Unmanning Unmanned Systems
By Tom Kidd, Mikel Ryan and Antonio Siordia - Published, May 19, 2010
The growth and diversity of military unmanned aerial vehicles (UAV) in the first decade of the 21st century has been unprecedented. To say that UAVs: "continue to be the most dynamic growth sector of the world aerospace industry" understates the obvious. "An insatiable demand for UAVs is fueling massive growth within this market," said Larry Dickerson, senior unmanned systems analyst for Forecast International. "No matter how many UAVs are built, military agencies want more."
Dickerson notes that a few years ago, UAV contracts in the millions of dollars were big news; now these awards are in the billions. "In addition to procurement, research funding for UAVs could exceed $20 billion through 2018," he added.
And while UAVs may be in the spotlight, unmanned systems aren't limited to air. Unmanned ground, air and sea systems are all force multipliers. They reduce the dangers to warfighters and represent a critical evolution in how the departments of Defense and Navy deploy military technology. But are unmanned systems truly unmanned?
More often than not unmanned systems are remotely operated via a strict and bandwidth-intensive electromagnetic tether. Radio communications between the unmanned system and a control station sequester the operator from the vehicle, but do not truly remove the man from the unmanned system. Maintaining positive control over a remotely operated vehicle requires highly reliable yet complex radio links. It also limits the capabilities of the system to those actions a remote operator can control.
Technological advances will eventually enable unmanned systems to evolve beyond their current remote-control architecture, an evolution necessary if just to somewhat relieve the burden these systems tend to impose on a finite, crucial, congested and contested resource: the electromagnetic spectrum. In this article we will examine some of the challenges as we remove the man and woman from unmanned systems and consider the future of autonomous unmanned vehicles (AUV).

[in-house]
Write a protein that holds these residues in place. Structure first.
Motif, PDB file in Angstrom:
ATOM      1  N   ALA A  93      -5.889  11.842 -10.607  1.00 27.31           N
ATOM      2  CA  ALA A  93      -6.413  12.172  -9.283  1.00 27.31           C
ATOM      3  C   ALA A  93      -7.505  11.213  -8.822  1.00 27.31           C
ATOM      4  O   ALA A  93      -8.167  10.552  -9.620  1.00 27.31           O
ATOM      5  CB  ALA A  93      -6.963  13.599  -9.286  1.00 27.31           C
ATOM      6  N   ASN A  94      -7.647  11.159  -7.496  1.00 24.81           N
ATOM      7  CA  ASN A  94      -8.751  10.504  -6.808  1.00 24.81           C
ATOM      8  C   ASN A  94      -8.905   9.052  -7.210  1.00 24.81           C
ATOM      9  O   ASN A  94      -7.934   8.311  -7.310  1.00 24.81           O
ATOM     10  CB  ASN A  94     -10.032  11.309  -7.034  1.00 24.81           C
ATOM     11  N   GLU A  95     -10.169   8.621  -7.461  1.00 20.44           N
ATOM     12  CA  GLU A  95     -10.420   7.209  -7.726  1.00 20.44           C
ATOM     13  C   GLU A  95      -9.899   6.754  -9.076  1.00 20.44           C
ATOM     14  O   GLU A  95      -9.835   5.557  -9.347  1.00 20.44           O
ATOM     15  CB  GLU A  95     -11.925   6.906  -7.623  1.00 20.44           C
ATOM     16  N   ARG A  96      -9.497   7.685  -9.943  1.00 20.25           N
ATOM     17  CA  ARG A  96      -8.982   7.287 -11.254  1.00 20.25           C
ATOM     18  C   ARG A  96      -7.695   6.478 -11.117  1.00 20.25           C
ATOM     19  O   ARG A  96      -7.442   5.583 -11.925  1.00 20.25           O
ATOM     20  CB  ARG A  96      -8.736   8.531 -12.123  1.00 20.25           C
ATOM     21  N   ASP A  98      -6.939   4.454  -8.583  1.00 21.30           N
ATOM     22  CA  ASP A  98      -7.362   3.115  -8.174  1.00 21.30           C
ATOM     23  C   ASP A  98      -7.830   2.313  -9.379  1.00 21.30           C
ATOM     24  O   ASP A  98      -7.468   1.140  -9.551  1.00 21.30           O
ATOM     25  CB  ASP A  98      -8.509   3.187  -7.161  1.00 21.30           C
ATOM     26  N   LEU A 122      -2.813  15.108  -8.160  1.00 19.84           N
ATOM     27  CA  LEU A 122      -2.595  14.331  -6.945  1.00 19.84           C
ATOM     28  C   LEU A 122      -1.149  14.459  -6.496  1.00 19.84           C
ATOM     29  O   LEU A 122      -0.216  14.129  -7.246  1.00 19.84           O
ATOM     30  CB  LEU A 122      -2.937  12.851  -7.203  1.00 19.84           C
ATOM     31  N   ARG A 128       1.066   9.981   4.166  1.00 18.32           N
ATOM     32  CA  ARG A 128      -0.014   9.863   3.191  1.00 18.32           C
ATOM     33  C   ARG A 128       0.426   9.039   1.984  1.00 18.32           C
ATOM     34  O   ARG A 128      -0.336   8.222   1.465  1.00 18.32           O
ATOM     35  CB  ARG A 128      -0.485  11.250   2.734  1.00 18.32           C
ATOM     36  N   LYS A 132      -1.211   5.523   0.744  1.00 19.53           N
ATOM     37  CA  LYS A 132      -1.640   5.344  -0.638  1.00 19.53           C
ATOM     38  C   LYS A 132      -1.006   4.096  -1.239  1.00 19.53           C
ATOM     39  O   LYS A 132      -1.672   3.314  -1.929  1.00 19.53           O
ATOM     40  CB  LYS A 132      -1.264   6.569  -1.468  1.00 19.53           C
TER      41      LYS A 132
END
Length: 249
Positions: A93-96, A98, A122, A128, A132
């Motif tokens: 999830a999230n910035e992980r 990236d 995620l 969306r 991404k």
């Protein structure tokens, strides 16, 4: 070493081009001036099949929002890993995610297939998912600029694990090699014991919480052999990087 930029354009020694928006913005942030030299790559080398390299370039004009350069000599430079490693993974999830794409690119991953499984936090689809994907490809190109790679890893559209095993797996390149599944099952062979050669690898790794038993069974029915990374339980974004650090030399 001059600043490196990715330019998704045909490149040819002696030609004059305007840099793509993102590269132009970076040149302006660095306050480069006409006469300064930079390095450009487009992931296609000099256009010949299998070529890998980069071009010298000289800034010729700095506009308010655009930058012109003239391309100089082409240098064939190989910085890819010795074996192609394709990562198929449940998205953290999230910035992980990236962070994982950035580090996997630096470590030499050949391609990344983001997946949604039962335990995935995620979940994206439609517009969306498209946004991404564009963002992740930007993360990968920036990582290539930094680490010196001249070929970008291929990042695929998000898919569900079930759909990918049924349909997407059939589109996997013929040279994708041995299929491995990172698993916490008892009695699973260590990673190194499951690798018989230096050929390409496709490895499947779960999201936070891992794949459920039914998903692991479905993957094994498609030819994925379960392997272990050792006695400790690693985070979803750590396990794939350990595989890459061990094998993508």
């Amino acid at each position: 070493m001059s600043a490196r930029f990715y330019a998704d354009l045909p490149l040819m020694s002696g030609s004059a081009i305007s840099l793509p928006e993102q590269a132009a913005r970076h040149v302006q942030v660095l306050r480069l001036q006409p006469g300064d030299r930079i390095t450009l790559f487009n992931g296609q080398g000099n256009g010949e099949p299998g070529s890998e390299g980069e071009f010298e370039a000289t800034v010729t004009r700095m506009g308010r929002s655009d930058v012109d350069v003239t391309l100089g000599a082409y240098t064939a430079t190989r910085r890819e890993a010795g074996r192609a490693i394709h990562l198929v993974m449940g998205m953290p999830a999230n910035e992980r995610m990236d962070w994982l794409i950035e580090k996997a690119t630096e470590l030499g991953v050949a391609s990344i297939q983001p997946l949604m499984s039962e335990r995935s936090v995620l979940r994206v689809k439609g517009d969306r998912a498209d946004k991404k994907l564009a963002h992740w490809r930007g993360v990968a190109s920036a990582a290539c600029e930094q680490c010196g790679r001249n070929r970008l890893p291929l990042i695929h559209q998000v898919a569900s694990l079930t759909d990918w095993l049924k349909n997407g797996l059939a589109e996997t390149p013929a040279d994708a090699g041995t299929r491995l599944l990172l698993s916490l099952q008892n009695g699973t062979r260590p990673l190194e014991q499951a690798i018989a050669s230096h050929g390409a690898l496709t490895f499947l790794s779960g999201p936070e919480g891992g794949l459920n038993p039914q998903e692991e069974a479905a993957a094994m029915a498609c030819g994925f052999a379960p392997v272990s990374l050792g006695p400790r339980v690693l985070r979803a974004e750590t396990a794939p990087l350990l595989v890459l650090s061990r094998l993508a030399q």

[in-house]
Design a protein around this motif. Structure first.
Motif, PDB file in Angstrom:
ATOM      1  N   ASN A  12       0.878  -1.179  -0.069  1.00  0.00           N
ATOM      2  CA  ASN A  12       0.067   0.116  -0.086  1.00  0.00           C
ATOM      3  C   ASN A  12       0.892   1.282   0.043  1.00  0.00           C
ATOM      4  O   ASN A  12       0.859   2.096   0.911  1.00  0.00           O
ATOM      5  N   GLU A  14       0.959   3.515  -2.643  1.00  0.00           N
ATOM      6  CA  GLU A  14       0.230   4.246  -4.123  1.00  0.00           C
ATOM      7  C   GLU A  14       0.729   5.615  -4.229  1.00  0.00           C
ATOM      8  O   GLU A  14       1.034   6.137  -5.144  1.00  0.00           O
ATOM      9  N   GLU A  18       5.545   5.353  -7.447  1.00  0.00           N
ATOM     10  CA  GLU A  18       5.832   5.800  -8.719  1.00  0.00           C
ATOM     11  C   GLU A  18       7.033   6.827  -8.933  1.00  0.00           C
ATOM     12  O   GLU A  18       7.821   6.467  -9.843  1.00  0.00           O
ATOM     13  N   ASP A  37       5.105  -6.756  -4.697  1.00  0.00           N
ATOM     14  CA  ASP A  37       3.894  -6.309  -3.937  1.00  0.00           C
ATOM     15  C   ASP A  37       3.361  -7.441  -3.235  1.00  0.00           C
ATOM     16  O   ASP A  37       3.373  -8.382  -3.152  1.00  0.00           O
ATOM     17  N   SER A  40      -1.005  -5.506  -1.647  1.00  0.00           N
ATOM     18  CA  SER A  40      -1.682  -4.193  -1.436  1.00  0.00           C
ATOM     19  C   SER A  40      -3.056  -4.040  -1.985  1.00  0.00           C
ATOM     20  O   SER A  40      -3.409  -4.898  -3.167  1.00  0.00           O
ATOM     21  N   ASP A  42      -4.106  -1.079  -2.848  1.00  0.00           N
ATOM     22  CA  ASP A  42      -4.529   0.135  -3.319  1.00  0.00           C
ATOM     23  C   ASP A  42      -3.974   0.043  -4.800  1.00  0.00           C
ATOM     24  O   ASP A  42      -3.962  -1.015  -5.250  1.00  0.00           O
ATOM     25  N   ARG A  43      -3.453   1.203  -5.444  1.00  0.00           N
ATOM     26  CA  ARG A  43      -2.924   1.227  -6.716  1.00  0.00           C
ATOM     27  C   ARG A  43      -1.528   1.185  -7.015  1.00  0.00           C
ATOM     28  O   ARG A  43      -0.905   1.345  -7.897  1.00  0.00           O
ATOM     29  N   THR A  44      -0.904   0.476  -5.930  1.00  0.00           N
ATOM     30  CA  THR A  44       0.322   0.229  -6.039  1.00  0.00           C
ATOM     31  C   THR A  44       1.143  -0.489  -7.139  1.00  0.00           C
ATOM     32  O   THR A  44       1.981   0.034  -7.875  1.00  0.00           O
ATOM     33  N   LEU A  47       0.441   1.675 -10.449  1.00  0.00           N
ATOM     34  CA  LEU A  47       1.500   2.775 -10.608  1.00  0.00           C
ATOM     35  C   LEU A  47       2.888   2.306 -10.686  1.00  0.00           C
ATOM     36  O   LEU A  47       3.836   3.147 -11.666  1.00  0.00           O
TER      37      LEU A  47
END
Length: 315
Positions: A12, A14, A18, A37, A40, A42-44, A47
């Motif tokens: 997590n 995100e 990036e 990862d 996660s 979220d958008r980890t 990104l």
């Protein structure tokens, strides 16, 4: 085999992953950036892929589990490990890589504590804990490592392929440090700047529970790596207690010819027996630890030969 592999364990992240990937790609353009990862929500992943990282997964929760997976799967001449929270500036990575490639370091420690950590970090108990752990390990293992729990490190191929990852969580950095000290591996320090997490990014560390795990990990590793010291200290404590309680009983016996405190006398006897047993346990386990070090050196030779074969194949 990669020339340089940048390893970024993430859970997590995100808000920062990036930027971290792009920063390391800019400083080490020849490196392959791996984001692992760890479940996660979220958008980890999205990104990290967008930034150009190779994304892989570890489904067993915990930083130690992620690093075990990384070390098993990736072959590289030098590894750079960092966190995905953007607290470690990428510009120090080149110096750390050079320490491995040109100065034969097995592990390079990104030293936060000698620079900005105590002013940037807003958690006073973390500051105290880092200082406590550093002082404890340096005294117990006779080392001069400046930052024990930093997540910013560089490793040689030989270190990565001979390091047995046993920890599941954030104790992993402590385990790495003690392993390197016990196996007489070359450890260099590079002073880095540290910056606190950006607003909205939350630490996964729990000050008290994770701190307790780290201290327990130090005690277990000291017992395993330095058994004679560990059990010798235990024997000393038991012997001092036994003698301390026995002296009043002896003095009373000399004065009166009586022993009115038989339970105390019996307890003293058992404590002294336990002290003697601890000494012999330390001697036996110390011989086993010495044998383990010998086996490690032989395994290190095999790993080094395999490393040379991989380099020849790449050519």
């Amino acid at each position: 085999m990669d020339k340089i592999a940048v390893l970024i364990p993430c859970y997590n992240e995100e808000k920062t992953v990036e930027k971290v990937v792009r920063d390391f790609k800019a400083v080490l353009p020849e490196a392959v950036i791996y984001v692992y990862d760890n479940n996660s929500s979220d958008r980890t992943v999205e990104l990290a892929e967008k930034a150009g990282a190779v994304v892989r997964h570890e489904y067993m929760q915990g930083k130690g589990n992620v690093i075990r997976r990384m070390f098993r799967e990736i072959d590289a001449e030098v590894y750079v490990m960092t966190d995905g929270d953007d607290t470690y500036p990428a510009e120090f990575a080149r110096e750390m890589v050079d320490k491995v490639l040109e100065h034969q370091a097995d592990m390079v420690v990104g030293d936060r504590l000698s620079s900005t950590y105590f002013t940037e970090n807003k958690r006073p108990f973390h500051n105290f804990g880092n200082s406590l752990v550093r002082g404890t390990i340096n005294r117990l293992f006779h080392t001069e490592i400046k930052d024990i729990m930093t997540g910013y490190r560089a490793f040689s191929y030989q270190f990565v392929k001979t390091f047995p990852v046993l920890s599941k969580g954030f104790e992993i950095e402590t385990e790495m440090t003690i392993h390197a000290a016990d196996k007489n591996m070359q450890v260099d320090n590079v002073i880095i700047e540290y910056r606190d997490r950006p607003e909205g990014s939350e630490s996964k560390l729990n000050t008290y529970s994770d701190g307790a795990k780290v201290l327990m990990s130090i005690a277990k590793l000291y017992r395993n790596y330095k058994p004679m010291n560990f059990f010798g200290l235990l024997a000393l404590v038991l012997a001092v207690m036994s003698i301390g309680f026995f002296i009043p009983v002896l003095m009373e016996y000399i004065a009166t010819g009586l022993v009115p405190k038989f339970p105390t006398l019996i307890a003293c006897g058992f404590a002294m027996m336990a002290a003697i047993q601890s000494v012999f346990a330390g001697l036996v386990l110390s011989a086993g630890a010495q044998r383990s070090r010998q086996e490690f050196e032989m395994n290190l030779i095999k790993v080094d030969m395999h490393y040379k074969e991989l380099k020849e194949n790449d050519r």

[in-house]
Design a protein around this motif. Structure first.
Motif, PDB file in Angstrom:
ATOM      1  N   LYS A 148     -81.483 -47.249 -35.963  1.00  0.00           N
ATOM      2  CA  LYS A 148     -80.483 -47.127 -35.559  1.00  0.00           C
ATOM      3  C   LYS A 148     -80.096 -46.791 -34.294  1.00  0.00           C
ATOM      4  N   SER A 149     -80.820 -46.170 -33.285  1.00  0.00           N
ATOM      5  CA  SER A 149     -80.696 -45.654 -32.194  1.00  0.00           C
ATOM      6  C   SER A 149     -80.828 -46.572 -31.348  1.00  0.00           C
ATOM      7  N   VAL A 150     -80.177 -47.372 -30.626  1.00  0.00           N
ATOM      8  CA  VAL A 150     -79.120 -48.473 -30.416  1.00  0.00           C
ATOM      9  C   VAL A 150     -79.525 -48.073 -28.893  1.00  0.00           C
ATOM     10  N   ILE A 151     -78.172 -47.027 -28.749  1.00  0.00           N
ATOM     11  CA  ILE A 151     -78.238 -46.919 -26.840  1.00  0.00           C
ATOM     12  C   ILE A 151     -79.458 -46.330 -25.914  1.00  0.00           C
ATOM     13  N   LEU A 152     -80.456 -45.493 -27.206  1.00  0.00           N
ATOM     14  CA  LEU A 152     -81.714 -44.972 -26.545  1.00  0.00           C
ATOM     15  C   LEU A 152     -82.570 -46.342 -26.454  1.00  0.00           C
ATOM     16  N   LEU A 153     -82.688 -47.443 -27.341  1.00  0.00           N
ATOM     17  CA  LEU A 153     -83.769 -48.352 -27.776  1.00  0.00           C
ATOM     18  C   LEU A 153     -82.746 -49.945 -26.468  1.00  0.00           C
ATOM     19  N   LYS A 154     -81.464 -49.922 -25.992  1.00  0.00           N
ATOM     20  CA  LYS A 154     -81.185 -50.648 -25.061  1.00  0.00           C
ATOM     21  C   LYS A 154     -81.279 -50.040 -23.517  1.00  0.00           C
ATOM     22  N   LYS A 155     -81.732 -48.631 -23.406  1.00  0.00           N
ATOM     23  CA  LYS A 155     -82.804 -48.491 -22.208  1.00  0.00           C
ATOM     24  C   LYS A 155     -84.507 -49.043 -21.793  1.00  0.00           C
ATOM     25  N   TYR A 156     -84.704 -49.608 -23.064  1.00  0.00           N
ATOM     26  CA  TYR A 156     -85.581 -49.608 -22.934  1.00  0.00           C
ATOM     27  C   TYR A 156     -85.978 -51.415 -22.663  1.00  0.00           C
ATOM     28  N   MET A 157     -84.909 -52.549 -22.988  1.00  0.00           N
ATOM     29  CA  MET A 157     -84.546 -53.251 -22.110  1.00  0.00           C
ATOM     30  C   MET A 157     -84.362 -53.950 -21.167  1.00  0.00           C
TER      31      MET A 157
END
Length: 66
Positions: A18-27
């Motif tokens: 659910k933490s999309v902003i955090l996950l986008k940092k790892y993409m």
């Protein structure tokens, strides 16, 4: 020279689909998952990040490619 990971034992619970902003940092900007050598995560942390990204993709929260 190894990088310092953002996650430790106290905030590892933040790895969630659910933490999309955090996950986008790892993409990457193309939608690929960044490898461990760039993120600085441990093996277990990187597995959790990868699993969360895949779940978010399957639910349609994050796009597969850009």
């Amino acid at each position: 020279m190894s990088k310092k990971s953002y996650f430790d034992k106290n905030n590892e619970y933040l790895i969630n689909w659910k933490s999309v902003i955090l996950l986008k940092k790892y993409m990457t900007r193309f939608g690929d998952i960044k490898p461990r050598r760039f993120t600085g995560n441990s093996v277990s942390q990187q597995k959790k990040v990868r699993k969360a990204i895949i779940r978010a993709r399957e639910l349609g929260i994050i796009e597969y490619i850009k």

It is generally accepted that a fully autonomous system would have the ability to:
- Gain information about the environment;
- Work for an extended period without human intervention;
- Travel from point A to point B to point C, etc., without human navigation assistance;
- Detect objects of interest such as people and vehicles;
- Avoid situations harmful to people, property or itself (except when part of its mission); and
- Defend and repair itself without outside assistance.
An autonomous system may also be able to:
- Learn or gain new capabilities without outside assistance;
- Adjust strategies based on its surroundings; and
- Adapt to surroundings without outside assistance.
So why can unmanned systems be such spectrum gluttons? Unable to attach a 10,000-kilometer fiber optic cable, we link the unmanned system to manned support via bandwidth-intensive wireless data links. Human eyes are replaced by numerous wideband streaming video channels. Instruments and gauges are monitored by operators oceans away.
Unmanned surveillance systems transferring multispectral data from infrared and ultraviolet sensors take up a staggering amount of bandwidth, as do both standard and high-speed, full motion video. Also, consider that to reach a geographically remote control station the unmanned system mission and control data must be retransmitted, usually via satellite, effectively doubling the bandwidth required. A Predator, Reaper or Global Hawk UAV, for example, can easily take up to a full transponder on a satellite to transfer data.
"The demand is huge because commanders no longer want pictures taken last week; they want streaming video with enough clarity and fidelity to anticipate the actions of the enemy," said retired Army Maj. Gen. Robert Scales, a military historian. "Thus, we are not even within 5 percent of what's really needed."